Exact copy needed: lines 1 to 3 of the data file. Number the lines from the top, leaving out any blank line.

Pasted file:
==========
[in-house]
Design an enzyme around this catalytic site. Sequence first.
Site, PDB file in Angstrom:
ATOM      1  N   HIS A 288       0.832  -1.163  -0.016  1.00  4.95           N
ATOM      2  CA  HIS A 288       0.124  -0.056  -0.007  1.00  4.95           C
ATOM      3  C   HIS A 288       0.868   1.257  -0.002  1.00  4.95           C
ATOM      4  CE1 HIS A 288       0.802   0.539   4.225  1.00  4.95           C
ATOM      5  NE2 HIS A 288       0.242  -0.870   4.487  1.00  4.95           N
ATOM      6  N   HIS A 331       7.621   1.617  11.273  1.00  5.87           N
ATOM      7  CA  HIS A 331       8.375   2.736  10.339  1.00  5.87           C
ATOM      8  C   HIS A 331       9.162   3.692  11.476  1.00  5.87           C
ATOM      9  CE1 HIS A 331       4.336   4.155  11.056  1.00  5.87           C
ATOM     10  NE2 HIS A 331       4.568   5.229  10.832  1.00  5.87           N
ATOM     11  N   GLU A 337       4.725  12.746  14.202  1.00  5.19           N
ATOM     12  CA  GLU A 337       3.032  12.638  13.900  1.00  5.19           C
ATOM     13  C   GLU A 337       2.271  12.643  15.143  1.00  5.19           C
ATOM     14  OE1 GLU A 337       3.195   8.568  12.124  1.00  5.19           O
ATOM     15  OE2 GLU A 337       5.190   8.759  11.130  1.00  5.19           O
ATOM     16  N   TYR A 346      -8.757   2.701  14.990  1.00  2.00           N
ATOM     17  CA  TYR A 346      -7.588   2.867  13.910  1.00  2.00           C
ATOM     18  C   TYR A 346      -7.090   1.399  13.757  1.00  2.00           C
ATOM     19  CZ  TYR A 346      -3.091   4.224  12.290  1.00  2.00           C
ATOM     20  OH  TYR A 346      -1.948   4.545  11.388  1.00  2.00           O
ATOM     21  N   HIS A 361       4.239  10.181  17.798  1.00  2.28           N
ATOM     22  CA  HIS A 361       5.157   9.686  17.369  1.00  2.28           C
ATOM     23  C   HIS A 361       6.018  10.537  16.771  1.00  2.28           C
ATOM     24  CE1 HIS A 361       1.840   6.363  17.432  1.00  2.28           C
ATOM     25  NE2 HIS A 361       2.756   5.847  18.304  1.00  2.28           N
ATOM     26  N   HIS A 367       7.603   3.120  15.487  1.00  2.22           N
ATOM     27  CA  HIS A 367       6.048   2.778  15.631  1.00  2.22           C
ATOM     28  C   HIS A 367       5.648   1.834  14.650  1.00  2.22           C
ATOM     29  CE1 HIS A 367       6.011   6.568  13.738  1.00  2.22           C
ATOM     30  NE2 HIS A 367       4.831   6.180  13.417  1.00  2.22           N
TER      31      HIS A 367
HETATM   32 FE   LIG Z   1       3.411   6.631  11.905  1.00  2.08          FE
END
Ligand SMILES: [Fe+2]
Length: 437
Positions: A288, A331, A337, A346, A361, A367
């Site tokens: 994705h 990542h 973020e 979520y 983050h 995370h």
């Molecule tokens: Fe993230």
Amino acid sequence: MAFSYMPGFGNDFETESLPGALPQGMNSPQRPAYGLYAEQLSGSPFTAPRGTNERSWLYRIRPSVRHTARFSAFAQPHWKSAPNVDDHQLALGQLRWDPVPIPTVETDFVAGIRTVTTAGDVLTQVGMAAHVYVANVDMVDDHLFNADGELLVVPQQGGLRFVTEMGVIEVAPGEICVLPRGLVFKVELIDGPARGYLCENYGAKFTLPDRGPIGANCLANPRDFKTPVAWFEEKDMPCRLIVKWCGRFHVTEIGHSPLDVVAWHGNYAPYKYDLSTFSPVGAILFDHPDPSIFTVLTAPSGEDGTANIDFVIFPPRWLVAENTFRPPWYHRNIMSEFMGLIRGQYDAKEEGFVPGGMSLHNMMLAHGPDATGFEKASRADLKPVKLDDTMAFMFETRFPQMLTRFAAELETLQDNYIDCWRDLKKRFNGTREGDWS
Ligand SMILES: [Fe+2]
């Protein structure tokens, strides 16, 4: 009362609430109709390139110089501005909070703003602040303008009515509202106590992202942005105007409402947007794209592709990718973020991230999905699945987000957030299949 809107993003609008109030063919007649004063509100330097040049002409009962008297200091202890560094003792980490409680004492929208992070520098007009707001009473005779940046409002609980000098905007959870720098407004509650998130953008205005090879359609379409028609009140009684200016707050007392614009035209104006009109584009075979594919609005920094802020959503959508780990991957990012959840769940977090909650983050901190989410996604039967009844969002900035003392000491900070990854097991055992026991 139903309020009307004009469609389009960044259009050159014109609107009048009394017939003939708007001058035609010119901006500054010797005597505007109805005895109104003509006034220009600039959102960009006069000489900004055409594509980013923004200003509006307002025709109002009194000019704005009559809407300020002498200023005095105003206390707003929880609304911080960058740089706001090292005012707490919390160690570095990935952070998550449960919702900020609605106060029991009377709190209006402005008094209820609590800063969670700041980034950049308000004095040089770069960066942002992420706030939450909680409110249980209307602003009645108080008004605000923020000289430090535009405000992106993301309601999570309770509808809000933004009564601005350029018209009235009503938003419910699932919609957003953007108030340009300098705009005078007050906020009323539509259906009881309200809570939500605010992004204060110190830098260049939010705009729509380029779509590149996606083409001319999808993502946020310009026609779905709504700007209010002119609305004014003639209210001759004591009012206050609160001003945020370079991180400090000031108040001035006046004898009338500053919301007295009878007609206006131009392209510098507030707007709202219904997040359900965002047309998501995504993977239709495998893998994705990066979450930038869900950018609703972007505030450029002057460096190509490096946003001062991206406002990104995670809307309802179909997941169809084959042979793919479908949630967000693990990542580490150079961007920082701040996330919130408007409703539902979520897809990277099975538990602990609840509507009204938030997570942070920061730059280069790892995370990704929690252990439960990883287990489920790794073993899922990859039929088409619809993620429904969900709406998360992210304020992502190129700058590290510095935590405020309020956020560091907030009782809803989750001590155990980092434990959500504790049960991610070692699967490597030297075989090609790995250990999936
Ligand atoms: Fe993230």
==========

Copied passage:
[in-house]
Design an enzyme around this catalytic site. Sequence first.
Site, PDB file in Angstrom: